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EU adopts 10th package of sanctions against Russia

The European Union has adopted its tenth package of sanctions, “giving another turn of the screw to the government of the Russian Federation and those responsible for Russia’s continuing war of aggression”, according to a press release from the Council of the European Union.

“Putin is escalating this illegal aggression, weaponising winter, food and hunger. Russia continues to show its inhuman face with brutal missile terror against civilian targets. Today’s 10th package of sanctions targets those who are instrumental in the continuation of this brutal war. We are taking more measures, tackling the banking sector, access to dual-use technology and advanced technologies. We will continue to increase pressure on Russia – and we will do it for as long as needed, until Ukraine is liberated from the brutal Russian aggression,” said EU High Representative Josep Borrell.

The latest package extends sanctions to around 120 new individuals and entities, as well as adding further trade and financial sanctions, including further export bans worth more than €11 billion, depriving the Russian economy of critical tech and industrial goods. It also steps up enforcement and anti-circumvention measures, including a new reporting obligation on Russian Central Bank assets.

Additional listings

The EU has added about 120 individuals and entities to its sanction list, including Russian decision-makers, senior government officials and military leaders complicit in the war against Ukraine, as well as proxy authorities installed by Russia in the occupied territories in Ukraine. The list also includes key figures involved in the kidnapping of Ukrainian children to Russia, as well as organisations and individuals, who are polluting the public space with disinformation, adding to the military warfare through information warfare. Measures are also taken against individuals in Iran who are involved in the elaboration of drones and components supporting Russia’s military. In addition, members and supporters of Russia’s Wagner mercenary group and its activities in other countries, such as Mali or Central African Republic, are also targeted.

Additional EU export bans and restrictions 

New export restrictions have been introduced on sensitive dual-use and advanced technologies that contribute to Russia’s military capabilities and technological enhancement. This includes additional electronic components used in Russian weapons systems (drones, missiles, helicopters, other vehicles), as well as bans on specific rare earths and thermal cameras with military applications. 

Additional export bans are now also imposed on goods that can be easily redirected to be used to support the Russian war effort including:

  • Vehicles: heavy trucks not yet banned (and their spare parts), semi-trailers, and special vehicles such as snowmobiles;
  • Goods easily directed to the Russian military: including electric generators, binoculars, radars, compass, etc.;
  • Construction goods such as bridges, structures for buildings tower-like, fork-lifts trucks, cranes, etc.;
  • Goods that are critical for the functioning and enhancement of Russian industrial capacity (electronics, machine parts, pumps, machinery for working metals, etc.);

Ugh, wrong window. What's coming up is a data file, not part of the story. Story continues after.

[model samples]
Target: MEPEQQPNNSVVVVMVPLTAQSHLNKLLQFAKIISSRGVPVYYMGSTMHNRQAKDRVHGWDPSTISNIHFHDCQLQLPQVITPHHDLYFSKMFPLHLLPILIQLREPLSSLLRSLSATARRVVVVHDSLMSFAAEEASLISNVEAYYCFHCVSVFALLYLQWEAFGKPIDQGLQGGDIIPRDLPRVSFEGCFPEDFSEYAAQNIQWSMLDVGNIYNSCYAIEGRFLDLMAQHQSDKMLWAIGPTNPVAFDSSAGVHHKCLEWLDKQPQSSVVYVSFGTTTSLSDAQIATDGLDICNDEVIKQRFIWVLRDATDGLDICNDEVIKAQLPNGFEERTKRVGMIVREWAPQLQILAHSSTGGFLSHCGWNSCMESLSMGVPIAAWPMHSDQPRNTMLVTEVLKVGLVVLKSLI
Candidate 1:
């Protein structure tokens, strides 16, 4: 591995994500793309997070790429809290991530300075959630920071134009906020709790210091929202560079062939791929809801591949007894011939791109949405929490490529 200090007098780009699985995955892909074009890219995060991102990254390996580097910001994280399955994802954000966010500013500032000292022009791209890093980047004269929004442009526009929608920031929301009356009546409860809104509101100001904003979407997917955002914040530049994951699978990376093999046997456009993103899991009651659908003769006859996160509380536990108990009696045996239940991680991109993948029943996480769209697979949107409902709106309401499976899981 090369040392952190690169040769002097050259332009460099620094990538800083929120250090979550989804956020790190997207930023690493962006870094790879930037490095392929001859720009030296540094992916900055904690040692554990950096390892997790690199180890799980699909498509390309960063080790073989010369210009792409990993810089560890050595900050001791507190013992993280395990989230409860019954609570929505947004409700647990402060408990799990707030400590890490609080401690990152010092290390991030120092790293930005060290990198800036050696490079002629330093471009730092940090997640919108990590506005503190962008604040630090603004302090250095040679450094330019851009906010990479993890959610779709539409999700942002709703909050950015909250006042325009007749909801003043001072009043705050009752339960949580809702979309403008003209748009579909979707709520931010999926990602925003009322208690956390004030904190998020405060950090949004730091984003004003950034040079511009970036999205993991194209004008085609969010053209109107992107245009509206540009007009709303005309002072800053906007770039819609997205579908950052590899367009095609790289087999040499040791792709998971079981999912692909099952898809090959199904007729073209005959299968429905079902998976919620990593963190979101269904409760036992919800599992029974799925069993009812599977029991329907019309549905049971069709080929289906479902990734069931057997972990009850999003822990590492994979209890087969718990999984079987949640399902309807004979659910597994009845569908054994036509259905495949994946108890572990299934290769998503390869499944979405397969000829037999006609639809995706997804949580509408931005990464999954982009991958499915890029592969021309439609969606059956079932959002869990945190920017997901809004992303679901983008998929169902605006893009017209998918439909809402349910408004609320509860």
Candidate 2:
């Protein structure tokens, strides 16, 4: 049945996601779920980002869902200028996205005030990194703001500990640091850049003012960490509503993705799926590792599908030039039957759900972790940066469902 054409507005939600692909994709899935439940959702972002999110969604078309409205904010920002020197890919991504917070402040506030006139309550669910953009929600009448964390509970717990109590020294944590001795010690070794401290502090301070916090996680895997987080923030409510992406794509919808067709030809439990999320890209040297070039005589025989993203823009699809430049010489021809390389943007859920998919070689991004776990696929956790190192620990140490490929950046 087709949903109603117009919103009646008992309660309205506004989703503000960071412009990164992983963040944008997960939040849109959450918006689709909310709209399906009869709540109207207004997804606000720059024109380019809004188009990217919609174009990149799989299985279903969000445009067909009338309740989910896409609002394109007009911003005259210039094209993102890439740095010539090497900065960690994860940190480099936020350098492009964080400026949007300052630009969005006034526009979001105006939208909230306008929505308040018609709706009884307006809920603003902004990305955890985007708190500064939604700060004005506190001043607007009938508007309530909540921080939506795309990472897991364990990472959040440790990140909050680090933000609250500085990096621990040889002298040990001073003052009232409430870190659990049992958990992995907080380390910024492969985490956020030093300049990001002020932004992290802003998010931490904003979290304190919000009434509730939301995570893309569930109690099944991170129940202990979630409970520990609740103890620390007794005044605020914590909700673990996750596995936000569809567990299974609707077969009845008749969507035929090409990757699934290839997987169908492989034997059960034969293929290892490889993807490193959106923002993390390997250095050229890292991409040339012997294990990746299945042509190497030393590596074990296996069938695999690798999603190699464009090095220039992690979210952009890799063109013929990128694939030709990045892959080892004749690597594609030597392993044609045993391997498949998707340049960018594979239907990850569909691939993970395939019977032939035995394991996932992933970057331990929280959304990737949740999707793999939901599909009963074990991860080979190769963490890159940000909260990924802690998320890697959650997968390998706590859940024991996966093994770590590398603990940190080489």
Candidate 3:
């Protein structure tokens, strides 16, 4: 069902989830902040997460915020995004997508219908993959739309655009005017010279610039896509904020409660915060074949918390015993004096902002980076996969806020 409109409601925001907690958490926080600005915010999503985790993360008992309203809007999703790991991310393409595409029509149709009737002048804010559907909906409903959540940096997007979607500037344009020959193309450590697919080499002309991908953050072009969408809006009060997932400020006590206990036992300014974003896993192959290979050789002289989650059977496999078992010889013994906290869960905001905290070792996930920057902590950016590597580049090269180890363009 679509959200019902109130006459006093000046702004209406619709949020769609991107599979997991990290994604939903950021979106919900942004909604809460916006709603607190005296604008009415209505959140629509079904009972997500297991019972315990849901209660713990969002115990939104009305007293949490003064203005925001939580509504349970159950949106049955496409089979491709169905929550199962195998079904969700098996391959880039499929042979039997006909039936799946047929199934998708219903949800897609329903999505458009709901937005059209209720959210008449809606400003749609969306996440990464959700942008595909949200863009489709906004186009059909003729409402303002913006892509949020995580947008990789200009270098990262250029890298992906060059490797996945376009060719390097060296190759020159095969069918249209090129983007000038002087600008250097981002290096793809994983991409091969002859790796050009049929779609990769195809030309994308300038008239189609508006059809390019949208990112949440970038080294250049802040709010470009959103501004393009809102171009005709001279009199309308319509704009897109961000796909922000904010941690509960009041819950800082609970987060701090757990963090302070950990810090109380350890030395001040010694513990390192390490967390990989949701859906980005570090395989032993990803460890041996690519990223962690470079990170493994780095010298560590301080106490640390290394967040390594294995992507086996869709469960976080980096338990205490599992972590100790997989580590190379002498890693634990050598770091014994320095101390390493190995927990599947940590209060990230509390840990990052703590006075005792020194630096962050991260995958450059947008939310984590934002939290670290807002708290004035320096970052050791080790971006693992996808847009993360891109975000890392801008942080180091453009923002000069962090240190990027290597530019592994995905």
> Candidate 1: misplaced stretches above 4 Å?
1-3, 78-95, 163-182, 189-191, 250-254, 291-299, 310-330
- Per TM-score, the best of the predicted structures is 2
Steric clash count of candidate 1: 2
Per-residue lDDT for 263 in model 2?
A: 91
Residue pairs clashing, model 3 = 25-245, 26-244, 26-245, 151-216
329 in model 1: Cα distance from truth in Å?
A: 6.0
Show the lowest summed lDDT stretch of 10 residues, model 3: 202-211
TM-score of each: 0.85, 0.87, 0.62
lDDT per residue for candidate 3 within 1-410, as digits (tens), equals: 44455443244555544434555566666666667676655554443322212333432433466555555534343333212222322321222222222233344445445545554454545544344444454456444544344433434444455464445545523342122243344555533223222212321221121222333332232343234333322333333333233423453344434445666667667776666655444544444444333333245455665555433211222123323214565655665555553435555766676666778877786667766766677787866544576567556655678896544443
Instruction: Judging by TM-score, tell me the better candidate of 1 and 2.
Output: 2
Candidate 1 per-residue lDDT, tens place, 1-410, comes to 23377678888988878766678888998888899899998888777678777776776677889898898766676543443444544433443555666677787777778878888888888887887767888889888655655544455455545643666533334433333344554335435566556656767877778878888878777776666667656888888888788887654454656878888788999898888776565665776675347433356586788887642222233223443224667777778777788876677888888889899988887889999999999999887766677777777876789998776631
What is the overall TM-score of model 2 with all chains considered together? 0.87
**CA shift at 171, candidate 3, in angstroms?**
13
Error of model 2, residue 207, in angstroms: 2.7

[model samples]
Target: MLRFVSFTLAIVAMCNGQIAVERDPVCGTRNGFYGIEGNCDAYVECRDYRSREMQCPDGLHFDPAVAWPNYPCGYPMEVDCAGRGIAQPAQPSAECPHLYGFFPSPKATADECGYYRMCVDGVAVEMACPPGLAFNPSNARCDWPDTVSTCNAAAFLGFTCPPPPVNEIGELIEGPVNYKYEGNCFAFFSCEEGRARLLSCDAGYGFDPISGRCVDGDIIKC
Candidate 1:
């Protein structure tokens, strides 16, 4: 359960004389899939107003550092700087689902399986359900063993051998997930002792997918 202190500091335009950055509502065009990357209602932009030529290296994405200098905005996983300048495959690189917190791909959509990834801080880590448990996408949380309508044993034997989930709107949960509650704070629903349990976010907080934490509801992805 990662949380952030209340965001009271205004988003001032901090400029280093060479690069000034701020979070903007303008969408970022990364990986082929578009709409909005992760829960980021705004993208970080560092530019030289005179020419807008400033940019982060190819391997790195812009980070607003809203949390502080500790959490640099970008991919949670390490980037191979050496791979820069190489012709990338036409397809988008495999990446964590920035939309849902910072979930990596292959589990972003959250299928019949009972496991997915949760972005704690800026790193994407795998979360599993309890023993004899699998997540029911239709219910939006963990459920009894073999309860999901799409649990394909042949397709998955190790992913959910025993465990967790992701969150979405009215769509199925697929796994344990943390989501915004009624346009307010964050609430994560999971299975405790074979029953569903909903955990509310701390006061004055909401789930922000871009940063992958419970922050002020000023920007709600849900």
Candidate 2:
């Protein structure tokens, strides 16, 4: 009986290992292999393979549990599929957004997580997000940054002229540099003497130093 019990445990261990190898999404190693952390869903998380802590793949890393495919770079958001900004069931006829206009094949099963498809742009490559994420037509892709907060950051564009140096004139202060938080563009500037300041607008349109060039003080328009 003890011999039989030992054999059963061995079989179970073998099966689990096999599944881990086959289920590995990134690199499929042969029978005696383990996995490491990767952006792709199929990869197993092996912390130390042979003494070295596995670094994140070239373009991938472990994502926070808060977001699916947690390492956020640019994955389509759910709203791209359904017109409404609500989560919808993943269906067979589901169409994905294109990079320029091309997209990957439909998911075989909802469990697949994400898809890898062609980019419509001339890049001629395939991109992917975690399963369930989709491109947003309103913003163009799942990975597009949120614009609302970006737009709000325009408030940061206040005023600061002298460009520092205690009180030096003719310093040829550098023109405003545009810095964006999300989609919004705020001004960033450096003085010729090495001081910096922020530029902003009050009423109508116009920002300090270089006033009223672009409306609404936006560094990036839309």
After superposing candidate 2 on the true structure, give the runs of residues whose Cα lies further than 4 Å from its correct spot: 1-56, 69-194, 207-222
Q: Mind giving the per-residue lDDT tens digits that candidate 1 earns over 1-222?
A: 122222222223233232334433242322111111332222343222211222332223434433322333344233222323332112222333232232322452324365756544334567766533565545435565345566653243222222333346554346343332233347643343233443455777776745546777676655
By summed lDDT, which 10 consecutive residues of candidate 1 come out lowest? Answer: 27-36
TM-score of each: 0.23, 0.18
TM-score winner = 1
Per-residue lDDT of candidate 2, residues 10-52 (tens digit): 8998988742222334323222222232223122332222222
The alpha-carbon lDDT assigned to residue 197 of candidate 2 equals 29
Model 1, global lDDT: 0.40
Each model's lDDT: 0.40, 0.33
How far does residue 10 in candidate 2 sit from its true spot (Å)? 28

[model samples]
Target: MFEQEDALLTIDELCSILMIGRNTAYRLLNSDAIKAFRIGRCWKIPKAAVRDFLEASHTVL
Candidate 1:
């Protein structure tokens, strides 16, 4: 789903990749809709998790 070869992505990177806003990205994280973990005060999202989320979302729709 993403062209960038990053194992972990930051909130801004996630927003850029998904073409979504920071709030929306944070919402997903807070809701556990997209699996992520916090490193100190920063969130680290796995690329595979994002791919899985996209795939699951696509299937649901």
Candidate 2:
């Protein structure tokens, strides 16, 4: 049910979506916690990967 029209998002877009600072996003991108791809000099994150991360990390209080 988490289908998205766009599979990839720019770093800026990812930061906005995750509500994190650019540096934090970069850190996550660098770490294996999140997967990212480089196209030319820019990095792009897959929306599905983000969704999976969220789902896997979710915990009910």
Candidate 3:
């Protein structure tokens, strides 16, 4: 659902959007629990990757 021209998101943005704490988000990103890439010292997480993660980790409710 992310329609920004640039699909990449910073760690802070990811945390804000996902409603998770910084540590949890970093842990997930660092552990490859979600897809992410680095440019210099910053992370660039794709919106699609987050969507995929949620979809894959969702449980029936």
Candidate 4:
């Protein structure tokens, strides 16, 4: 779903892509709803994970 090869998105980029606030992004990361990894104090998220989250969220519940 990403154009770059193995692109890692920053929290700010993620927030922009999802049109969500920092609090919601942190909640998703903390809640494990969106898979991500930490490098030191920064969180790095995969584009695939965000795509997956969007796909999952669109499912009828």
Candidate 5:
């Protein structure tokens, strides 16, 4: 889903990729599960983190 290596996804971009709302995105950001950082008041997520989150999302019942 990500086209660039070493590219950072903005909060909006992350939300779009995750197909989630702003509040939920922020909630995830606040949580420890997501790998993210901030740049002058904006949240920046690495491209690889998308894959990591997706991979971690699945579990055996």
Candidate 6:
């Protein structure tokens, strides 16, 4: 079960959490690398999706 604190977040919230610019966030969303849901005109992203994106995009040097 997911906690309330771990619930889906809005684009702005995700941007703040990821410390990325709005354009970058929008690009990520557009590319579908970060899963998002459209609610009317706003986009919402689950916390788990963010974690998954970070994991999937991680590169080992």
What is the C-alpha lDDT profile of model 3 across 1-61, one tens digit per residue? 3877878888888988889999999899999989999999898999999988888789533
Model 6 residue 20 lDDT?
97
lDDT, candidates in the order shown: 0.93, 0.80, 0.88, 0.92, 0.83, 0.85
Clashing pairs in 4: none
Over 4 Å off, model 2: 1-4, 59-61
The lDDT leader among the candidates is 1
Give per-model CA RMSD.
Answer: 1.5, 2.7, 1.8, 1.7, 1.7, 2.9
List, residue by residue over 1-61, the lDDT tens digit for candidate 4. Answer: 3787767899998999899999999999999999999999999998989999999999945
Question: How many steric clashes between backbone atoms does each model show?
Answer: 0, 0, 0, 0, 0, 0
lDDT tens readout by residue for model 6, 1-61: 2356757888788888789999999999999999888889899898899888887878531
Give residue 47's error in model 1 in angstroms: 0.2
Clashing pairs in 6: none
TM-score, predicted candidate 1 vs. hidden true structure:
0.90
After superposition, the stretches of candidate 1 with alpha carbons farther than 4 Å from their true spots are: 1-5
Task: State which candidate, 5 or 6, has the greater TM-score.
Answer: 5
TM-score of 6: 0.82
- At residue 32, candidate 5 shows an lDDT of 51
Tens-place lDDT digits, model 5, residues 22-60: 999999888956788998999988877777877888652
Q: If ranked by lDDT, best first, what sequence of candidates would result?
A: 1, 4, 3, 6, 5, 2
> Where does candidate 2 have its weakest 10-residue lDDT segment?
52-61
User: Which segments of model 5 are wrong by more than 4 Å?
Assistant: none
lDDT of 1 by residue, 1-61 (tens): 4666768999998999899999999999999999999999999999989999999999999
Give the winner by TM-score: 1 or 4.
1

• Complete industrial plants: this category has been added to avoid loopholes;
  • Goods used in the aviation industry (turbojets).

These new bans and restrictions cover EU exports worth €11.4 billion (2021 data). They come on top of the €32.5 billion worth of exports already sanctioned in the previous packages. With today’s package, the EU has sanctioned in total nearly close to half (49%) of its 2021 exports to Russia.

Additional imports bans into the EU

Today’s package imposes import bans on the following Russian high-revenue goods:

  • Bitumen and related materials like asphalt;  and
  • Synthetic rubber and carbon blacks.

These new import bans cover EU imports worth almost €1.3 billion and they come on top of €90 billion already sanctioned, representing altogether 58% of the EU’s 2021 imports.

Financial sector

Three Russian banks have been added to the list of entities subject to the asset freeze and the prohibition to make funds and economic resources available.

Other measures include the following:

  • A ban on Russian nationals from serving on governing bodies of Member States’ critical infrastructure companies;
  • Prohibition on Russian nationals and entities to book gas storage capacity in the Union (LNG excluded);
  • Measures to facilitate the divestment from Russia by EU operators;

A third country shipping company, suspected of helping Russia circumvent sanctions on oil exports, has also been listed.

Enforcement and anti-circumvention measures

Today’s package imposes new reporting obligations on Russian Central Bank assets. This is especially important regarding the possible use of public Russian assets to fund the reconstruction of Ukraine after Russia is defeated.

Other measures include the following:

  • reporting obligations on frozen assets (including for dealings before listings) and assets which should be frozen;
  • Private flights between the EU and Russia, directly or via third countries, should be notified in advance;
  • Prohibition to transit dual use goods and firearms via the territory of Russia to third countries.

Additional bans on Russian disinformation outlets

Two additional Russian media outlets have been added to the media ban, RT Arabic and Sputnik Arabic.

Source: EU Neighbours East